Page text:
Defining Media Computation: Shifting levels of abstraction for fun

August 10, 2009 at 1:10 pm 1 comment

Bettina Bair of Ohio State University stopped me several years and asked, “If we build a course on building video games using graphical objects, is that a course on Media Computation?”  That was the first time that someone challenged me on what I meant by “Media Computation.”  I said “No,” and my reason was that Media Computation was about manipulating pixels and samples in order to create larger and more interesting artifacts.  That’s how students in MediaComp CS1 come to understand assignments, functions, arrays, loops, and conditionals, and the very important notion that these low-level computational pieces lead into larger artifacts.

When I revised the Media Computation website this summer, I posted that definition.  Beth Simon of University of California at San Diego challenged me on it.  “You’re missing the point that you only introduce ideas as you need them.  You don’t frontload the course with material that students don’t have a reason to learn yet.”  I agreed with her, and thanked her for noticing that we put that into our books.  But that’s not a critical part of what is “Media Computation.”  I think that MediaComp is a broader idea than just the pedagogy that Barb and I use in our books.  I claim that others’ books (as I do on the website) use MediaComp, too.  MediaComp is less about the order of what’s taught and more about what and how it’s taught.

In teaching three workshops in the last two weeks (whew!), I realized that my definition didn’t even encompass our own work.  Our CS2 MediaComp course has students build animations out of linked lists, trees (scene graphs), and simulations. They created music by weaving linked list nodes containing MIDI phrases.  I realized that MediaComp was more generally about creating media through manipulating computational components at lower-levels of abstraction.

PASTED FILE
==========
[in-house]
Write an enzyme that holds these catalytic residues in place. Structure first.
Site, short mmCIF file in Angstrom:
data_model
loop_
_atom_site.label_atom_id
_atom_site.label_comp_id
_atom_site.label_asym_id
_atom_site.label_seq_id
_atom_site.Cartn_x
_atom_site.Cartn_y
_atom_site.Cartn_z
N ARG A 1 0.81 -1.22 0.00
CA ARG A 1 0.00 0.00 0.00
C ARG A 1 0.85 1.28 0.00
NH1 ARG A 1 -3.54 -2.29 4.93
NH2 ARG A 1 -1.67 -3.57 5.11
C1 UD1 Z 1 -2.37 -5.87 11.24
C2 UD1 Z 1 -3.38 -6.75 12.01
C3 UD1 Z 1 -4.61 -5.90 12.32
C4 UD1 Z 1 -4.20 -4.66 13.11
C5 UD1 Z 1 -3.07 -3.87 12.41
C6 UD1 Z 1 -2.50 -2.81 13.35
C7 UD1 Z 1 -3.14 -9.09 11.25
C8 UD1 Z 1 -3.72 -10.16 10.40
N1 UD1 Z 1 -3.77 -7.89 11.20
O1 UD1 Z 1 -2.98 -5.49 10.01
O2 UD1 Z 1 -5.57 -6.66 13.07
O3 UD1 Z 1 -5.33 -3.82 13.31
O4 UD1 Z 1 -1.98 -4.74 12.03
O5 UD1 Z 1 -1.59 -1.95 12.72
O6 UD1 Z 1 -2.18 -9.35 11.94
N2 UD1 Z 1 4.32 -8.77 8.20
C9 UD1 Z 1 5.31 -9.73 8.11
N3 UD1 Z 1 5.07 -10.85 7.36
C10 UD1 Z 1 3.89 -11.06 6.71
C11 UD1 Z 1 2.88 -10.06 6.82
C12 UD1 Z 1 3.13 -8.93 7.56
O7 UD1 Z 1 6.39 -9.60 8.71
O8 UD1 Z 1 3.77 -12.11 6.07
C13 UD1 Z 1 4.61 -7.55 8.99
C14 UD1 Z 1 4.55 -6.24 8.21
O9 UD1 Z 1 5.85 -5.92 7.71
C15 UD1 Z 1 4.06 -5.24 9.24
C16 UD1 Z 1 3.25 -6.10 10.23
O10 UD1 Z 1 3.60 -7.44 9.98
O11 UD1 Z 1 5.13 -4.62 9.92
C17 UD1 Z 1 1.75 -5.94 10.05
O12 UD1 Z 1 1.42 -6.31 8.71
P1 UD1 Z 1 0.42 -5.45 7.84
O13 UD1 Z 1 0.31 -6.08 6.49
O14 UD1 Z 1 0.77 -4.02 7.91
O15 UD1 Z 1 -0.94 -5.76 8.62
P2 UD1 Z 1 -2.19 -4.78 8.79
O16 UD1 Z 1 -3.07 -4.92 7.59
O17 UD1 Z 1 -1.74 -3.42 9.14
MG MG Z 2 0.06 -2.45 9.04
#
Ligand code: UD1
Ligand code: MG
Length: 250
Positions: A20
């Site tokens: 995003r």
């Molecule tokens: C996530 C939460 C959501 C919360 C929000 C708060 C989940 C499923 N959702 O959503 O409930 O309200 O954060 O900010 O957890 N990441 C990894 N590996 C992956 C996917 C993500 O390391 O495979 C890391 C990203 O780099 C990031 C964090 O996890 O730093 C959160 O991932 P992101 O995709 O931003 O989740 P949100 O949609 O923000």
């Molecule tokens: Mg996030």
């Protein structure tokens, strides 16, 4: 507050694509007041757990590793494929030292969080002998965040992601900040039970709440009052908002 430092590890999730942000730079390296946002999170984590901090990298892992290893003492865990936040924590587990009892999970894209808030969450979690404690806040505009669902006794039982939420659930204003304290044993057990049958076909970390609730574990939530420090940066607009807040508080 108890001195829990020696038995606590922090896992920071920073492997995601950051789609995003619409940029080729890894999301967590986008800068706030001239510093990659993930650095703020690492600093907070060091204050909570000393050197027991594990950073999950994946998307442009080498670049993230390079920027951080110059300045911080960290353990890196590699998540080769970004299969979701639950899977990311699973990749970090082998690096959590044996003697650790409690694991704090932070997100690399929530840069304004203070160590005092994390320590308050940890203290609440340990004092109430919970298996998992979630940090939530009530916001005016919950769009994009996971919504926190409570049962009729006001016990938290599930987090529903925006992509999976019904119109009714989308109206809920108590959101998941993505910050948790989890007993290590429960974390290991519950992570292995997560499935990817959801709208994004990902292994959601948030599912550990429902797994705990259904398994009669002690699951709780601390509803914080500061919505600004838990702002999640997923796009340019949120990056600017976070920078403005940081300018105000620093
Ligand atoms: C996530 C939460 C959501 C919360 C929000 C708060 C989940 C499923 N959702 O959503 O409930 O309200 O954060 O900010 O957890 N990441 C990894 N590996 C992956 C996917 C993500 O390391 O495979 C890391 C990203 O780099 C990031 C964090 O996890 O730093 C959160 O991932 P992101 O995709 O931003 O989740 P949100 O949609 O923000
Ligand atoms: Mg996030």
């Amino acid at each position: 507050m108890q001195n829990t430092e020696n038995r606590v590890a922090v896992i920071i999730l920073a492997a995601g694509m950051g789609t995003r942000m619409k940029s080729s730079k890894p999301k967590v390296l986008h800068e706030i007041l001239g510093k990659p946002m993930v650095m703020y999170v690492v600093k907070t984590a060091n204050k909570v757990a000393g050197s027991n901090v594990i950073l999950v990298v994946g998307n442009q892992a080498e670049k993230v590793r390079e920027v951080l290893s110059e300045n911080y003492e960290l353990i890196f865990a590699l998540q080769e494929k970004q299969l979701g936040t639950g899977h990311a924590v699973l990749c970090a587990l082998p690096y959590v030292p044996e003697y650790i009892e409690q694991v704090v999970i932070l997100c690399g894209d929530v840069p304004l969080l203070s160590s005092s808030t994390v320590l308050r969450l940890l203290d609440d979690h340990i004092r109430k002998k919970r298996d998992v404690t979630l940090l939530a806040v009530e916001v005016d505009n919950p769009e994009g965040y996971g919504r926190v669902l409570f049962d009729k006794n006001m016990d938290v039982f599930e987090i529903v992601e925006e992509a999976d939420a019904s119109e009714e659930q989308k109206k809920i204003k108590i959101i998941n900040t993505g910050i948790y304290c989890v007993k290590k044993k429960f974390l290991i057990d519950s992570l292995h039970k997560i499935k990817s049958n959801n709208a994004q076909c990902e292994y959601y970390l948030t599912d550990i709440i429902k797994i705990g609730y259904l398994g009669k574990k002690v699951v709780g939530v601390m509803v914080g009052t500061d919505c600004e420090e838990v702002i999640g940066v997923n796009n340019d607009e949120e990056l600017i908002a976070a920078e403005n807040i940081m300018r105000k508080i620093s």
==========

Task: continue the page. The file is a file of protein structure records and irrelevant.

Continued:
I realized an important piece missing from my definition in these last weeks of workshops: the power of expressive media. Over and over again, I heard teachers talk about how excited they were about making music with MIDI, about making animations, at discovering new ways of using their own personal pictures in their computing.  Part of what MediaComp does is remind computer science faculty that the goal of the personal computer is to create “A Dynamic Medium for Creative Thought” and is meant to be “a medium for expression through drawing, painting, animating pictures, and composing and generating music” (quotes from Kay and Goldberg’s Personal Dynamic Media from IEEE Computer, March 1977).

My sense from listening to the teacher-participants is that combining CS1 with expressive medium gives them permission to be exploratory and creative. The fact that the focus was on the CS1 meant that they didn’t have to be careful, stuffy, and academic with the media. “Computer Graphics” is a serious area of study that gets presented at SIGGRAPH and leads to sophisticated CGI effects and video games.  There’s a similar concern about playing around with “computer music.” Then there’s the stuff that those “artists” do, that isn’t what many CS professors see themselves doing.  But, when the focus is on learning arrays and conditionals, then the media is just (literally) “for fun,” and the teachers did seem to have fun with it.  Check out their work on the workshop collage, sound, and video pages.

I’ve made a pass at combining all of these ideas in the definition now at http://www.mediacomputation.org.  Media Computation is about shifting levels of abstraction in order to produce creative expressions, working at the low-level to create media that inspire and engage at the high-level.  I’ll probably revise that definition again after the next set of workshops — but not until next summer!

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1 Comment Add your own

  • 1. Dave Bauer  |  August 14, 2009 at 10:20 pm

    This sounds to me like how Berkeley took SICP and used words and sentences instead of numbers to make the first steps into data structures and Scheme more managable. But more fun.

    Reply

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